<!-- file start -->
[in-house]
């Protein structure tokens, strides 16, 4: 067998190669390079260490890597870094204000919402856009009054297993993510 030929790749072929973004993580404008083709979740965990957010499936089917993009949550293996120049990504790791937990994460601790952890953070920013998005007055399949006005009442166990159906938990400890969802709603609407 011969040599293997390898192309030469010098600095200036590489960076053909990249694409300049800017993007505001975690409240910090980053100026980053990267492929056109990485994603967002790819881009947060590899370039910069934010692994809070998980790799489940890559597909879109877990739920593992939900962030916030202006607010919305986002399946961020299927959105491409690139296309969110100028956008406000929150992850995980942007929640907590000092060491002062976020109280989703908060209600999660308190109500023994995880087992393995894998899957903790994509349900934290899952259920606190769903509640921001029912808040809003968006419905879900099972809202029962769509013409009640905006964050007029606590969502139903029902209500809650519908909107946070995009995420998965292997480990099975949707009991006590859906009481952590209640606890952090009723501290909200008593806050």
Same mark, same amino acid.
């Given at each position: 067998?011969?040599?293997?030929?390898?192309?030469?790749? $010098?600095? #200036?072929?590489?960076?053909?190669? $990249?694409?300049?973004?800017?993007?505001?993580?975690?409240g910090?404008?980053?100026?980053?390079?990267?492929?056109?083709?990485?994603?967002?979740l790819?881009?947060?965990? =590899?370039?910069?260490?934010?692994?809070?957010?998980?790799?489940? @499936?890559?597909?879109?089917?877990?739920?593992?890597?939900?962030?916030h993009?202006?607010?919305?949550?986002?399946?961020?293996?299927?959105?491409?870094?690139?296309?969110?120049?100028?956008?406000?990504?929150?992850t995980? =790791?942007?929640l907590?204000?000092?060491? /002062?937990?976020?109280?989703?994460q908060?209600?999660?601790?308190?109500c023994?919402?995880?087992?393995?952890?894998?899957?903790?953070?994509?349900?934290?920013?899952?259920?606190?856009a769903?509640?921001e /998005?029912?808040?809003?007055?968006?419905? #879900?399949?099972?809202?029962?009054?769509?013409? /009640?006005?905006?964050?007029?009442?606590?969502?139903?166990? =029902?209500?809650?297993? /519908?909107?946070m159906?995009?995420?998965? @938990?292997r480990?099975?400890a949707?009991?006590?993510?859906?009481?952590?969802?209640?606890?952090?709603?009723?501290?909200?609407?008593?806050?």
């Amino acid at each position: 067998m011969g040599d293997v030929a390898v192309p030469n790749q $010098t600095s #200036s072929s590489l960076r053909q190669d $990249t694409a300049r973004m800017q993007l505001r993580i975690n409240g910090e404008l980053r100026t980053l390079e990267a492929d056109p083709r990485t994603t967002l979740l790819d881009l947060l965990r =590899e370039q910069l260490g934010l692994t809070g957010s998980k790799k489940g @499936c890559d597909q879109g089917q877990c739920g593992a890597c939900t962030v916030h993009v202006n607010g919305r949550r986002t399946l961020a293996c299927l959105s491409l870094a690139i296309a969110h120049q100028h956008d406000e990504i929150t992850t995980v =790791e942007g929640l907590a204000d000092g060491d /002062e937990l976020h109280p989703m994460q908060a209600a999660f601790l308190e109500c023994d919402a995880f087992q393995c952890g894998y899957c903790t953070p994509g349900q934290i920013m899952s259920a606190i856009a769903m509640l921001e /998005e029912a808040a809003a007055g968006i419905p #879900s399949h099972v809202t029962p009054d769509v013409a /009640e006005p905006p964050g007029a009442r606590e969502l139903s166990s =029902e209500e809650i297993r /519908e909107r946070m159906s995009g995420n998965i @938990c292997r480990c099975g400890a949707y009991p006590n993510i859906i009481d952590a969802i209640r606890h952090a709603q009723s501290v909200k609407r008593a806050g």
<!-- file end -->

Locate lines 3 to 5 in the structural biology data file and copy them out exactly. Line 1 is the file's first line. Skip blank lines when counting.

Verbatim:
Same mark, same amino acid.
């Given at each position: 067998?011969?040599?293997?030929?390898?192309?030469?790749? $010098?600095? #200036?072929?590489?960076?053909?190669? $990249?694409?300049?973004?800017?993007?505001?993580?975690?409240g910090?404008?980053?100026?980053?390079?990267?492929?056109?083709?990485?994603?967002?979740l790819?881009?947060?965990? =590899?370039?910069?260490?934010?692994?809070?957010?998980?790799?489940? @499936?890559?597909?879109?089917?877990?739920?593992?890597?939900?962030?916030h993009?202006?607010?919305?949550?986002?399946?961020?293996?299927?959105?491409?870094?690139?296309?969110?120049?100028?956008?406000?990504?929150?992850t995980? =790791?942007?929640l907590?204000?000092?060491? /002062?937990?976020?109280?989703?994460q908060?209600?999660?601790?308190?109500c023994?919402?995880?087992?393995?952890?894998?899957?903790?953070?994509?349900?934290?920013?899952?259920?606190?856009a769903?509640?921001e /998005?029912?808040?809003?007055?968006?419905? #879900?399949?099972?809202?029962?009054?769509?013409? /009640?006005?905006?964050?007029?009442?606590?969502?139903?166990? =029902?209500?809650?297993? /519908?909107?946070m159906?995009?995420?998965? @938990?292997r480990?099975?400890a949707?009991?006590?993510?859906?009481?952590?969802?209640?606890?952090?709603?009723?501290?909200?609407?008593?806050?």
């Amino acid at each position: 067998m011969g040599d293997v030929a390898v192309p030469n790749q $010098t600095s #200036s072929s590489l960076r053909q190669d $990249t694409a300049r973004m800017q993007l505001r993580i975690n409240g910090e404008l980053r100026t980053l390079e990267a492929d056109p083709r990485t994603t967002l979740l790819d881009l947060l965990r =590899e370039q910069l260490g934010l692994t809070g957010s998980k790799k489940g @499936c890559d597909q879109g089917q877990c739920g593992a890597c939900t962030v916030h993009v202006n607010g919305r949550r986002t399946l961020a293996c299927l959105s491409l870094a690139i296309a969110h120049q100028h956008d406000e990504i929150t992850t995980v =790791e942007g929640l907590a204000d000092g060491d /002062e937990l976020h109280p989703m994460q908060a209600a999660f601790l308190e109500c023994d919402a995880f087992q393995c952890g894998y899957c903790t953070p994509g349900q934290i920013m899952s259920a606190i856009a769903m509640l921001e /998005e029912a808040a809003a007055g968006i419905p #879900s399949h099972v809202t029962p009054d769509v013409a /009640e006005p905006p964050g007029a009442r606590e969502l139903s166990s =029902e209500e809650i297993r /519908e909107r946070m159906s995009g995420n998965i @938990c292997r480990c099975g400890a949707y009991p006590n993510i859906i009481d952590a969802i209640r606890h952090a709603q009723s501290v909200k609407r008593a806050g």